Repeated flu shots may blunt effectiveness

Universal influenza immunization programs, available in virtually every province and territory, may need to be reconsidered in light of emerging evidence that repeated flu shots may blunt the vaccine’s effectiveness in subsequent seasons.

That phenomenon was seen in the Jan. 29, 2015 interim estimates of the effectiveness of the 2014/15 vaccine against influenza A (H3N2) from Canada’s Sentinel Physician Surveillance Network, headed by Dr. Danuta Skowronski of the British Columbia Centre for Disease Control.

The effects of repeat immunizations need to be studied further. Meanwhile, a return to targeted, high-risk flu vaccine programs, rather than universal coverage, seems warranted, said Skowronski, the BC centre’s epidemiology lead for influenza and emerging respiratory pathogens.

At the same time, antivirals — formerly plan B in the primary prevention of influenza — should be used early. “There’s a lot of debate about antivirals and that needs to be resolved also, but for now, [early antiviral use] should come to the fore,” Skowronski said.

The BC network’s estimates of this year’s flu vaccine efficacy, published in Eurosurveillance, were −8% overall and 2% in young adults against medically attended, laboratory-confirmed influenza A (H3N2) infection — which Skowronski said she interprets as a null effect. This also represents the lowest measured protection against a seasonal virus in the program’s 10-year history, she added.

It recently became known that this year’s H3N2 virus was not a match for the H3N2 component of this year’s trivalent vaccine, but the authors of this new study also saw variability in vaccine effectiveness that was related to prior vaccination history. Vaccine effectiveness was 43% for those who hadn’t received the 2013/14 vaccine but −15% for participants who received both seasons’ vaccines.

Those are not statistically significant findings, “but when you’re dealing with a low vaccine effectiveness, even 40%, and a null effect in those who received vaccine the previous year, you need a massive sample size to prove that statistically,” Skowronski said. “If we wait for that we’ll never be able to tease apart these signals.”

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Research in both Canada and the US indicates that getting the flu shot several years in a row may lessen the vaccine’s effectiveness.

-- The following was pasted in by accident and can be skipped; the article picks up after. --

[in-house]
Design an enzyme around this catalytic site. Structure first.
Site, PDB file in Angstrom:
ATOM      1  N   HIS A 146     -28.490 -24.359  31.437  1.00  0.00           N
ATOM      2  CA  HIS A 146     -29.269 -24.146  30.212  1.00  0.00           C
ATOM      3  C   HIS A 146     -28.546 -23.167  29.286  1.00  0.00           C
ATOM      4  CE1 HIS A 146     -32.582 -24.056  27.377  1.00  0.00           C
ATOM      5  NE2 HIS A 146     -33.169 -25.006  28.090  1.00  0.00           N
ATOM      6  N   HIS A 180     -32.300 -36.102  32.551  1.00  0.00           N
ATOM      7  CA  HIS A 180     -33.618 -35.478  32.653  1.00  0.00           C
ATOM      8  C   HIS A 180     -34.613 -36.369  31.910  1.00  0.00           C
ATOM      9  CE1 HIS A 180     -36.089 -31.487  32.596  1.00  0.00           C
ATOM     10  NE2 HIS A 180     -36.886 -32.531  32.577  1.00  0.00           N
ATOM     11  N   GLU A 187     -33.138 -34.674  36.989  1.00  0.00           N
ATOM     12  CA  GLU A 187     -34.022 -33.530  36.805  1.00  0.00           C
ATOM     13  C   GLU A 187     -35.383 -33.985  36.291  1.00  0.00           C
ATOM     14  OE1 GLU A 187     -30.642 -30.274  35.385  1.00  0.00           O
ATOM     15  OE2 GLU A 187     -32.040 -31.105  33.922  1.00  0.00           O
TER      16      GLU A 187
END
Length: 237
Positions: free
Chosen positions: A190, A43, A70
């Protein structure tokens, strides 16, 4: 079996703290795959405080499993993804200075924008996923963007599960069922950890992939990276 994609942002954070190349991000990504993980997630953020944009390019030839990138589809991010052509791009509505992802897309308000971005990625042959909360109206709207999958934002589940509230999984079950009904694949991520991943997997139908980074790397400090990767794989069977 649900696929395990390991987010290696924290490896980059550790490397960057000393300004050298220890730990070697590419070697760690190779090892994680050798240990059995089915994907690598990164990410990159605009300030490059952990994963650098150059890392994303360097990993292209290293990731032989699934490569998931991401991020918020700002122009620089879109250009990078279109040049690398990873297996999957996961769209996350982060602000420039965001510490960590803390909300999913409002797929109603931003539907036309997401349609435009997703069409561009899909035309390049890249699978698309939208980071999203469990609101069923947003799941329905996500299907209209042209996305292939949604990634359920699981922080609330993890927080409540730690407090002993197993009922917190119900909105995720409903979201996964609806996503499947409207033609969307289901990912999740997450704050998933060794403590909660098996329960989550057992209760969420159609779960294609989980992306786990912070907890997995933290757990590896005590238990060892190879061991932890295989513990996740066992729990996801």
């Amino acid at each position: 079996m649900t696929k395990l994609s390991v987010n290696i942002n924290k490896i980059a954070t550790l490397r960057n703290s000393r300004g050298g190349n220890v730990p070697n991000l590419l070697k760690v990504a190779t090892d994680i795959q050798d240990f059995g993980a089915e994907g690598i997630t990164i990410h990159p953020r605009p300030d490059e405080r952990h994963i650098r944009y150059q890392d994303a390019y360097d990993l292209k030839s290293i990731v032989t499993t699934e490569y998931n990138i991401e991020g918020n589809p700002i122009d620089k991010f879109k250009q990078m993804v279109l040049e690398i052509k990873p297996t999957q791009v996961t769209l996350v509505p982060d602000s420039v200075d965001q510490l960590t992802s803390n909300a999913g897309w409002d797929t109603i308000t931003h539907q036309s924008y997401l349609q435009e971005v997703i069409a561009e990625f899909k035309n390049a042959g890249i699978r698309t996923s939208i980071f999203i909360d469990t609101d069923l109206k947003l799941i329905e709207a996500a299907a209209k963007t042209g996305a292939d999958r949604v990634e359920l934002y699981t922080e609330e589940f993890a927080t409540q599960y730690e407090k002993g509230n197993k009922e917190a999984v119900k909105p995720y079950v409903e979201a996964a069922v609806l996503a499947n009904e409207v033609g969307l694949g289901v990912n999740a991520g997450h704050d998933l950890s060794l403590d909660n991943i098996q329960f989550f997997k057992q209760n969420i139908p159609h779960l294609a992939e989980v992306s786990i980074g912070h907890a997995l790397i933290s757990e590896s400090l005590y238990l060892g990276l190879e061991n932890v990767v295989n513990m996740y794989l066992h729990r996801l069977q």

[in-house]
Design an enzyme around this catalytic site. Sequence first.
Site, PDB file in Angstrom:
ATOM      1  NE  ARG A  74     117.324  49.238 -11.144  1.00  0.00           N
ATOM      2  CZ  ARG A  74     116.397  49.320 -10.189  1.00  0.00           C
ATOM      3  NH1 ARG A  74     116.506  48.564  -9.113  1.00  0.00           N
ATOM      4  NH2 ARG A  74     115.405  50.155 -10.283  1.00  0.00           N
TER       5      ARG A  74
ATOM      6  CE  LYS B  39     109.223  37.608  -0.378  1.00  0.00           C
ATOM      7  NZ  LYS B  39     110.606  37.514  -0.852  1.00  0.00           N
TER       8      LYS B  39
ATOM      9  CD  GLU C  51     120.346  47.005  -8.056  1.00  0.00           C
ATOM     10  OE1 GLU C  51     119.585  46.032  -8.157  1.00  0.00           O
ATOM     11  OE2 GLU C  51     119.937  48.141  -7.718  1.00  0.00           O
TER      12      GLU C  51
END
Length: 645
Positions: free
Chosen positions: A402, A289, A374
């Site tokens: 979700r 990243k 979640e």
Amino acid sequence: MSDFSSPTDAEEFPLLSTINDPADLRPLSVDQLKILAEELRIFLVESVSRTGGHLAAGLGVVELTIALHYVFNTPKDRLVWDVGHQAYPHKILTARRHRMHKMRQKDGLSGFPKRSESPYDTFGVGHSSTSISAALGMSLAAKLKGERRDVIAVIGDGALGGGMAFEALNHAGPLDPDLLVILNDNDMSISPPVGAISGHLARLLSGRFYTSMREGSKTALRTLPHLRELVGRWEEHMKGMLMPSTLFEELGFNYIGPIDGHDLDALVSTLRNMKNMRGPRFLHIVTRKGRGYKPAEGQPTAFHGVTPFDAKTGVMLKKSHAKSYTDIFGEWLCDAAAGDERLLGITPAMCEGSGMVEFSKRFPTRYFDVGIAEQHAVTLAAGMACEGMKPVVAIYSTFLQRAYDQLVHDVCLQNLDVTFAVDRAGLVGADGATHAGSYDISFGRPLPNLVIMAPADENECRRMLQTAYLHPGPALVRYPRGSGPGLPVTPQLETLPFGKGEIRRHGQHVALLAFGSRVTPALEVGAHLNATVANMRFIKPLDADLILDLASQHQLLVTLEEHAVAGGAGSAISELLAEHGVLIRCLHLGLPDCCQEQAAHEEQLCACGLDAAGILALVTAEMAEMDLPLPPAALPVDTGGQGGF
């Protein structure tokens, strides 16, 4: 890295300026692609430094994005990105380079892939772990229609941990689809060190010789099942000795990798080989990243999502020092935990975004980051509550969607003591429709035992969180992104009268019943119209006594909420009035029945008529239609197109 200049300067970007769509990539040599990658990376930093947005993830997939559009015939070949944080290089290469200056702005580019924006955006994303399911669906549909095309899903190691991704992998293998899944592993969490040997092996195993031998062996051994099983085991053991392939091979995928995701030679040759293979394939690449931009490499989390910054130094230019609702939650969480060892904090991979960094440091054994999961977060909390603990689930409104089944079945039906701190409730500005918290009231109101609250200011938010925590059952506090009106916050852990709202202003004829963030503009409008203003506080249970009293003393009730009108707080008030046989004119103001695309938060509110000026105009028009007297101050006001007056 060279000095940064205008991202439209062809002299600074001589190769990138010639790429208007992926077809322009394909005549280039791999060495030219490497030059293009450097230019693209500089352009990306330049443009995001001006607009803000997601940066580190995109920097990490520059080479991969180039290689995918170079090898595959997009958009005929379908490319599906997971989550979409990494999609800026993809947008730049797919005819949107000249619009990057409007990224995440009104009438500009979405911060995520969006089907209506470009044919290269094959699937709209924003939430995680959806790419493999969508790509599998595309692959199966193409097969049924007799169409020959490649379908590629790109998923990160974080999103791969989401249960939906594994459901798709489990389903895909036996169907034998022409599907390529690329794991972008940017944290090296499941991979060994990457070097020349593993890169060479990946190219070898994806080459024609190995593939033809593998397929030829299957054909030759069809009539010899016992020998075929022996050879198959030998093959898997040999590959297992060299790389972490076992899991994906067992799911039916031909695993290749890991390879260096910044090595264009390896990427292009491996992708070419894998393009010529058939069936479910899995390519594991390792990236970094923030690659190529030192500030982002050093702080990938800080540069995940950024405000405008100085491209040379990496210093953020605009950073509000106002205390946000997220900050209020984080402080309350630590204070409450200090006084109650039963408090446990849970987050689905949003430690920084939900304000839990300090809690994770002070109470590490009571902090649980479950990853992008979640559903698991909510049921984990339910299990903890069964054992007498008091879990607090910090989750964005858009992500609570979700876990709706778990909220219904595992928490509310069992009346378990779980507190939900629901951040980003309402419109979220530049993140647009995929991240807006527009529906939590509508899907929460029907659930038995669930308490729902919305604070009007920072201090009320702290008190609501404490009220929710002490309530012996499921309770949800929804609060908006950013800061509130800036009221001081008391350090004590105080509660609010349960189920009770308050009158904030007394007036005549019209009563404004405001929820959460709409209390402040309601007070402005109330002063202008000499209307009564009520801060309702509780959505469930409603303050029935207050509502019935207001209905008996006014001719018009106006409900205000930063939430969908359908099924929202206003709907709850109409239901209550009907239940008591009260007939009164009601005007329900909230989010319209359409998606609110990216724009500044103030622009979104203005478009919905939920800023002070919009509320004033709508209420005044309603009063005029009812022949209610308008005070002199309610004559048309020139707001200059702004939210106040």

Image courtesy of Mario Tamo/iStock/Thinkstock

Dr. Richard Schabas, Ontario’s former chief medical officer who is now medical officer of health in the Hastings and Prince Edward Counties Health Unit in Belleville, Ontario, agrees that it’s time to revisit universal flu vaccine programs, which are now available in all Canadian provinces and territories except BC, Quebec and New Brunswick.

He was once a proponent of universal programs but now says, “We should use the next six months or so to do a very careful rethink of where we are. There’s enough new evidence that we should all be troubled enough by, that we should be taking a long and sober look at our policies. There are more and more unanswered questions about how effective a universal program really is.”

Canada’s Sentinel Physician Surveillance Network has previously observed this decrease in effectiveness, as have others. In the September 2014 issue of Clinical Infectious Diseases, US investigators documented a lower vaccine effectiveness in those who’d had flu vaccine over the previous five years, compared to those who’d had only the previous year’s vaccine or no vaccine previously.

The findings are also consistent with a 1999 observation of variable flu vaccine efficacy depending on immunization history, by Derek J. Smith, the current director, WHO Collaborating Centre for Modelling, Evolution and Control of Emerging Infectious Diseases. Smith proposes “antigenic distance” as an explanation. This hypothesis holds that the impact on the current season’s vaccine effectiveness is most pronounced when the difference between last season’s vaccine component and the current season’s vaccine component is small (this year they’re identical).

In that case, the current season’s vaccine may boost memory of the earlier vaccine’s antibody responses; then these “old” antibodies may mop up the current vaccine’s antigen before the newly vaccinated person can mount an immune response to it (this is called antibody interference).

For now, researchers need to investigate the phenomenon, Skowronski said. And public health officials need to reconsider the wisdom of targeted flu vaccine programs, especially in a year when the elderly have been disproportionately affected.

On Feb. 5, 2015, other Canadian researchers published interim estimates of 2014/15 influenza vaccine effectiveness in preventing laboratory-confirmed influenza-related hospitalization. The figure for people aged 65 and over was −32.9%, according to findings from the Serious Outcomes Surveillance Network of the Canadian Immunization Research Network.

    Articles from CMAJ : Canadian Medical Association Journal are provided here courtesy of Canadian Medical Association


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